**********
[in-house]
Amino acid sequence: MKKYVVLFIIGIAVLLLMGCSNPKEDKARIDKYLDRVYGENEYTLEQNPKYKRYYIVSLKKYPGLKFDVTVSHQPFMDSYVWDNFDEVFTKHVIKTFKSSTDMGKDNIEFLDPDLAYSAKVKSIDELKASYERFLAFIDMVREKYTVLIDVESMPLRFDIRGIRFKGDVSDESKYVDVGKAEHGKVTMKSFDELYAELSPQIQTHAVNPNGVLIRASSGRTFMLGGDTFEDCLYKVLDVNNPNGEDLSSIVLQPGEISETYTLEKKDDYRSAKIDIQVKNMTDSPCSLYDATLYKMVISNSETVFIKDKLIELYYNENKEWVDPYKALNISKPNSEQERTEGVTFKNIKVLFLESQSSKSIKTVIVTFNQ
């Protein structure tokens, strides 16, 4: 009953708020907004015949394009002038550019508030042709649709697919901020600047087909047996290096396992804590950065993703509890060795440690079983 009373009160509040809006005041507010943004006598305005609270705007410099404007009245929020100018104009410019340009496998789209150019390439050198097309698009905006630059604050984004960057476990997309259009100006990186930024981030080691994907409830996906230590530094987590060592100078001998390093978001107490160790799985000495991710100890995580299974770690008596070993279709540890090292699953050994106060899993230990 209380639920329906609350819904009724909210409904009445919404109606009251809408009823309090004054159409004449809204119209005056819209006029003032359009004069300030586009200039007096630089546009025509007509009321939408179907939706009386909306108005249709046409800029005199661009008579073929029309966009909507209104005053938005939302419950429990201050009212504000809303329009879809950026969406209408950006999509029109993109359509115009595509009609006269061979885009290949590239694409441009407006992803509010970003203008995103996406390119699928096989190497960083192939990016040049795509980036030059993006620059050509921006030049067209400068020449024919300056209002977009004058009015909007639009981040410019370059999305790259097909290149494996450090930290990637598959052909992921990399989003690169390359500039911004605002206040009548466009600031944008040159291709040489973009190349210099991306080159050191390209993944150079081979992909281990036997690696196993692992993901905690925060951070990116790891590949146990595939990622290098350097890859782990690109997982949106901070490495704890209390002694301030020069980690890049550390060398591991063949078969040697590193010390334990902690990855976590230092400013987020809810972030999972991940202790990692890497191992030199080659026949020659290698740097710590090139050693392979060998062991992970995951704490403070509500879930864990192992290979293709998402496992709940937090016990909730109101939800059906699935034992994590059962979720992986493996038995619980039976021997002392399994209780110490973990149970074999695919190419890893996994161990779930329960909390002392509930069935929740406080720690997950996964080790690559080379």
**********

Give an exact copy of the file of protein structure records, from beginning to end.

[in-house]
Amino acid sequence: MKKYVVLFIIGIAVLLLMGCSNPKEDKARIDKYLDRVYGENEYTLEQNPKYKRYYIVSLKKYPGLKFDVTVSHQPFMDSYVWDNFDEVFTKHVIKTFKSSTDMGKDNIEFLDPDLAYSAKVKSIDELKASYERFLAFIDMVREKYTVLIDVESMPLRFDIRGIRFKGDVSDESKYVDVGKAEHGKVTMKSFDELYAELSPQIQTHAVNPNGVLIRASSGRTFMLGGDTFEDCLYKVLDVNNPNGEDLSSIVLQPGEISETYTLEKKDDYRSAKIDIQVKNMTDSPCSLYDATLYKMVISNSETVFIKDKLIELYYNENKEWVDPYKALNISKPNSEQERTEGVTFKNIKVLFLESQSSKSIKTVIVTFNQ
């Protein structure tokens, strides 16, 4: 009953708020907004015949394009002038550019508030042709649709697919901020600047087909047996290096396992804590950065993703509890060795440690079983 009373009160509040809006005041507010943004006598305005609270705007410099404007009245929020100018104009410019340009496998789209150019390439050198097309698009905006630059604050984004960057476990997309259009100006990186930024981030080691994907409830996906230590530094987590060592100078001998390093978001107490160790799985000495991710100890995580299974770690008596070993279709540890090292699953050994106060899993230990 209380639920329906609350819904009724909210409904009445919404109606009251809408009823309090004054159409004449809204119209005056819209006029003032359009004069300030586009200039007096630089546009025509007509009321939408179907939706009386909306108005249709046409800029005199661009008579073929029309966009909507209104005053938005939302419950429990201050009212504000809303329009879809950026969406209408950006999509029109993109359509115009595509009609006269061979885009290949590239694409441009407006992803509010970003203008995103996406390119699928096989190497960083192939990016040049795509980036030059993006620059050509921006030049067209400068020449024919300056209002977009004058009015909007639009981040410019370059999305790259097909290149494996450090930290990637598959052909992921990399989003690169390359500039911004605002206040009548466009600031944008040159291709040489973009190349210099991306080159050191390209993944150079081979992909281990036997690696196993692992993901905690925060951070990116790891590949146990595939990622290098350097890859782990690109997982949106901070490495704890209390002694301030020069980690890049550390060398591991063949078969040697590193010390334990902690990855976590230092400013987020809810972030999972991940202790990692890497191992030199080659026949020659290698740097710590090139050693392979060998062991992970995951704490403070509500879930864990192992290979293709998402496992709940937090016990909730109101939800059906699935034992994590059962979720992986493996038995619980039976021997002392399994209780110490973990149970074999695919190419890893996994161990779930329960909390002392509930069935929740406080720690997950996964080790690559080379």